* This should not necessarily be taken as an endorsement of Lisa or her work. I do not know much about her, beyond her story in the Huffington Post, and what I can learn on her website which is entirely self-promoting. What I do know, is that I agree with the way she encourages us to talk to young women. That’s all I’ll vouch for.

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9 thoughts on “beautiful girls

  1. Interesting post, as most are. Love your blog. I’d like to contribute to the discussion. I am not sure its the same for girls and boys, but I think praise, even just for appearance, can be good. It certainly beets the alternative. I was a kid who lived (barely) thru lots of ridicule for my looks. I have congenitally deformed hips and legs and took hell for the as a kid. Also they kept me the last picked in sports despite my size (over 6′ in 9th grade). Also I was clumsy, due in part to my legs and feet. It still hurts – for example in my Pilates class – when even I think they are ugly.
    So even with a PhD, great wife, and great life nearly at age 65, I am apprehensive about my looks. Praise Eleanor’s qualities, but don’t avoid comments on her appearance (she is so photogenic). It’s amazing what sticks over a life.

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    1. Tom,I really appreciate your comment: your openness and honesty. I think you are absolutely correct about being careful not to purposefully *avoid* comments/praise about Eleanor’s qualities- any of them. Seeing her for who she is- ALL of who she is, including that beautiful (and photogenic) little lady- and not who we want her to be, or who we want her to focus on being, is very, VERY important. And like I said in my post, there are times when I just can’t help myself and comments like that just come out. Because they are true.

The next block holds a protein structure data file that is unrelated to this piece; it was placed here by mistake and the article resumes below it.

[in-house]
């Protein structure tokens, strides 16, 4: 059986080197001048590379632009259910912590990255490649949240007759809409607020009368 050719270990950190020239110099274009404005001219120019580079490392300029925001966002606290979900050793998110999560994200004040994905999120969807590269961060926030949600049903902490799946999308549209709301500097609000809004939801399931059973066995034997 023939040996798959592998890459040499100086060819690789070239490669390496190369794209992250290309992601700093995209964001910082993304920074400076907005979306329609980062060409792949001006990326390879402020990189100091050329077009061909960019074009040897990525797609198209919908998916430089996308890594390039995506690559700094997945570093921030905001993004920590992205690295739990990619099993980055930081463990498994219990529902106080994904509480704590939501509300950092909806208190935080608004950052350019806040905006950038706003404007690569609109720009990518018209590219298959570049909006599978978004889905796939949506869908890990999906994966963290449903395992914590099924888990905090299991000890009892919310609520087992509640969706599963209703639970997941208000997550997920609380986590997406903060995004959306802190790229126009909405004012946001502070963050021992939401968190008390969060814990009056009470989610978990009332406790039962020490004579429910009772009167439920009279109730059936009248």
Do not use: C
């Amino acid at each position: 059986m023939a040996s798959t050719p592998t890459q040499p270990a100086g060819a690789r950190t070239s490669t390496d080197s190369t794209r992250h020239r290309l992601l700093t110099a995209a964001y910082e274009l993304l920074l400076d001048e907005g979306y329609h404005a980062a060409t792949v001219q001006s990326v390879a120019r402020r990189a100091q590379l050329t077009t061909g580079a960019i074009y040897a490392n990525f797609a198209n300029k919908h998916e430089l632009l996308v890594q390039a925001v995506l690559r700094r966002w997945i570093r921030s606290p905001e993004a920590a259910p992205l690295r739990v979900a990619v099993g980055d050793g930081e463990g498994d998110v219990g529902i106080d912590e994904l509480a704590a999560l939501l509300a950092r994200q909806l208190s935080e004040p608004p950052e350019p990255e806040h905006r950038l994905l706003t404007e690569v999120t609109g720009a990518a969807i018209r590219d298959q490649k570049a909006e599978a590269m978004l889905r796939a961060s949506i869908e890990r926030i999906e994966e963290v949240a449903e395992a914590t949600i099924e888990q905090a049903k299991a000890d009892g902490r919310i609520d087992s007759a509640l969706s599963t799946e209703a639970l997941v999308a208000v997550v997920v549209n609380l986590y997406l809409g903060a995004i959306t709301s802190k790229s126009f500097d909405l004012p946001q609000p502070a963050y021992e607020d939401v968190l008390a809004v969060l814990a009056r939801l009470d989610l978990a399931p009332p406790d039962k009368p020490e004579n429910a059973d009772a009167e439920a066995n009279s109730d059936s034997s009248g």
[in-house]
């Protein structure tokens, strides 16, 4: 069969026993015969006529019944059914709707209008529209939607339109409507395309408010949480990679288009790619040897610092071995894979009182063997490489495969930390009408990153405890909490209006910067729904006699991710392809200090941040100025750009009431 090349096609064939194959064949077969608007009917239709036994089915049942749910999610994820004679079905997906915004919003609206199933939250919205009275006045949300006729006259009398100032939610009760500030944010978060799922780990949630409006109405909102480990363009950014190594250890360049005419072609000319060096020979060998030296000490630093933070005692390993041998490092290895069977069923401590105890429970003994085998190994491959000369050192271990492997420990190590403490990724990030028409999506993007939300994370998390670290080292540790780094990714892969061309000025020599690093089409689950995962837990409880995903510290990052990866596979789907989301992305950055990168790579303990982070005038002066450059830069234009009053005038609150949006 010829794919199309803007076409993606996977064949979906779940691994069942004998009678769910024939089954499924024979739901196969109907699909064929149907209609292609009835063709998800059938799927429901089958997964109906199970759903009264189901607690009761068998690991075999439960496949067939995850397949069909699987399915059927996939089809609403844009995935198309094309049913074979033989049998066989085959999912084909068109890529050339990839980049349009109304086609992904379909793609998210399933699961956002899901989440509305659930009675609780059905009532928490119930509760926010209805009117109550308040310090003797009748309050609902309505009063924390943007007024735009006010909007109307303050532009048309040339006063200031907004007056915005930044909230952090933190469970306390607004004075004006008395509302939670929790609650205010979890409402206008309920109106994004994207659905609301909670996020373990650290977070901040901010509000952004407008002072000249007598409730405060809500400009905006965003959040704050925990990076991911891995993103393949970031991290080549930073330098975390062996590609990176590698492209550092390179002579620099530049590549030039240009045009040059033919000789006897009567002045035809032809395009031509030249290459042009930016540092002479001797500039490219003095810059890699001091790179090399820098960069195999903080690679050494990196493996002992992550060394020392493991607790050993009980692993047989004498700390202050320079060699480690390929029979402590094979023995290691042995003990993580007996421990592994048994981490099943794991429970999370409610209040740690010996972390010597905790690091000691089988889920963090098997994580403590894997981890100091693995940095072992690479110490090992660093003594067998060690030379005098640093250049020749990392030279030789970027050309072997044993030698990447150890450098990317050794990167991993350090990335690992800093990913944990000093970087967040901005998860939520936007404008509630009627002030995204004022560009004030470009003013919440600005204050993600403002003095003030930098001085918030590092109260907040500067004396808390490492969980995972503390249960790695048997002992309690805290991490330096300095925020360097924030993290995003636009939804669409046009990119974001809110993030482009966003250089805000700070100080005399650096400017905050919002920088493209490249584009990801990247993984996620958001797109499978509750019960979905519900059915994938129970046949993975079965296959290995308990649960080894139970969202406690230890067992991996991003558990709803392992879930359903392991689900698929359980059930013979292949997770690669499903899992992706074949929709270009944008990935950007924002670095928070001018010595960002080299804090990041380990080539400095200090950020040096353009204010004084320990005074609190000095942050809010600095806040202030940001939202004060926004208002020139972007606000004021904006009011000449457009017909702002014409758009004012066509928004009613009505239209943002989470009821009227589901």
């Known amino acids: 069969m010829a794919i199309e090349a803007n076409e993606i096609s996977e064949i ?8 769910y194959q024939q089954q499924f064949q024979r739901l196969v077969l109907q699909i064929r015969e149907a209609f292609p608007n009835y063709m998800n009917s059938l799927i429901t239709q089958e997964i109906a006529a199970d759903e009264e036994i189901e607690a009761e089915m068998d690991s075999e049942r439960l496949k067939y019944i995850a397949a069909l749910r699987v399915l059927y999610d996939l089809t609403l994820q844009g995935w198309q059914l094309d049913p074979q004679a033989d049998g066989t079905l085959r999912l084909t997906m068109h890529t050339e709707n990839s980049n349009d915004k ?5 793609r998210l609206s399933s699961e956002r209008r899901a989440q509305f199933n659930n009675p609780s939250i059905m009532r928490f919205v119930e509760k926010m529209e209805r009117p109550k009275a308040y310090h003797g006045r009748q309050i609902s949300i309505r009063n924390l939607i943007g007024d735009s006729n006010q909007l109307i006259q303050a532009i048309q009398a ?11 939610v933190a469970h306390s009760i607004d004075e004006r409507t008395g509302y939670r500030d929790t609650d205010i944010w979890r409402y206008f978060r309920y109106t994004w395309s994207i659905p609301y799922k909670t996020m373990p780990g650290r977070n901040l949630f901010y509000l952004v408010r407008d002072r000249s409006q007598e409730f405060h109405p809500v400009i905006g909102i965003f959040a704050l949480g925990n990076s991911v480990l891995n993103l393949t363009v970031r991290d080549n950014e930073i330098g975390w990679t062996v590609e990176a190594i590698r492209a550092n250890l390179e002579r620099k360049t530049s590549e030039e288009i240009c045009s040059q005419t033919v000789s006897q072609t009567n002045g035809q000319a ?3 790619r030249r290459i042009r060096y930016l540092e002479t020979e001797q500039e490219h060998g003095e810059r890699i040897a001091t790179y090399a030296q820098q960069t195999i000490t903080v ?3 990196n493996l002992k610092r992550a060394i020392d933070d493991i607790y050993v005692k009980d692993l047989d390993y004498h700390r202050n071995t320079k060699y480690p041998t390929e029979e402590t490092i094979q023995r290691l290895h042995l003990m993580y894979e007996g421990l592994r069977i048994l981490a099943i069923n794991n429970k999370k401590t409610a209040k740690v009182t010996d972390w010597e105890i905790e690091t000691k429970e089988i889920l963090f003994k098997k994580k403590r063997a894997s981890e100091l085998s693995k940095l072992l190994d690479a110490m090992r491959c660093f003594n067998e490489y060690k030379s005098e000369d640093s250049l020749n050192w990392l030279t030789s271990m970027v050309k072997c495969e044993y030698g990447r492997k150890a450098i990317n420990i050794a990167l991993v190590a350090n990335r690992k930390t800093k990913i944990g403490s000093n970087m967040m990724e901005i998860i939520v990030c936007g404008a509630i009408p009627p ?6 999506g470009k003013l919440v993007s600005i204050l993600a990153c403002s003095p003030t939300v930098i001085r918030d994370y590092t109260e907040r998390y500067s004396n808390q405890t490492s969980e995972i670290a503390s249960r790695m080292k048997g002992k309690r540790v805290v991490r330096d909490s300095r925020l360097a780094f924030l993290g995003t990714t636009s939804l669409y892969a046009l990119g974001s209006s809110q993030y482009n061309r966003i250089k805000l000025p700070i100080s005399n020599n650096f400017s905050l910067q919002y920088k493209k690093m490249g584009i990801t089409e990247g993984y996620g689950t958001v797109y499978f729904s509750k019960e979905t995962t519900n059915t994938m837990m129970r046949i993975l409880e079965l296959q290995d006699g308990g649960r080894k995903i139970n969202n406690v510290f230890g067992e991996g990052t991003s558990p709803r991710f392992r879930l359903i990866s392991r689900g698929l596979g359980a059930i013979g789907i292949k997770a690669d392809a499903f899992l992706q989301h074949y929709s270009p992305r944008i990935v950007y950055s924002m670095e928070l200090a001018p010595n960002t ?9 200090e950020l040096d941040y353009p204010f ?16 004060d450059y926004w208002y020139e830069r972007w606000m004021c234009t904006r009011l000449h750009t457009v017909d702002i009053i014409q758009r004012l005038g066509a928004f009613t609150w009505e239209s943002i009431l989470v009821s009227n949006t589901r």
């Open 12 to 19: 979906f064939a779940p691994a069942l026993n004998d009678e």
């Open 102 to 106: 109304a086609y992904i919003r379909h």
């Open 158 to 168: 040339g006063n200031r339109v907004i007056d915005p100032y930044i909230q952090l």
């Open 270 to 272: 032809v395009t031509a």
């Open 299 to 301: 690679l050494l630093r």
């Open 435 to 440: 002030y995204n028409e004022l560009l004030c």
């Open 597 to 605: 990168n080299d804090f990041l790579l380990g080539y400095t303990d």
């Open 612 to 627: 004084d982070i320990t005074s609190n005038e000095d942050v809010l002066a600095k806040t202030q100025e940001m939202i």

And I guess that is the heart of it- I want my comments, discussions, praise of her to be true. And for me, that means seeing beyond those that are most apparent and, as “dad” (my dad) commented above be present and intentional with her (and everyone) every day.
      Thank you for participating. It means a lot to me.
      Kiyah

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    2. You raise an important point, Tom. It’s not to AVOID acknowledging the beauty of each child for who they are (or how they look), just not to have that be what defines them; or at least not the ONLY thing to do so. Enjoying the exchange . . .

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  2. Both you and Lisa Bloom give us something important to think about, Kiyah. It’s important to see ALL that any child is, and especially to see all that is beyond what is immediately evident. Yet another place in which the struggle to find the right balance challenges us daily, but the intentionality of tackling it keeps us focused on what matters.
    Ms. E is fortunate to have you as parents who are concerned with helping her to know all of this . . . and an important reminder to those of us who care about her.

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    1. So true dad, it really is about staying present, all the time, everyday. And not just with our children; imagine if we all approached every interaction we had, each and ever day, with such intentionality. With our kids, our spouses, our classmates and teachers, our friends…even the person at the cash register in the grocery store. If we could all BE WHERE WE ARE, in any given moment, giving it our fullest attention, imagine how great we would all feel.
      Thanks for your thoughtful participation, Dad.

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  3. Tom – you forgot to add “scores of loving students” to the list of things you can be proud of.
    Don’t forget those!

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    1. Tim,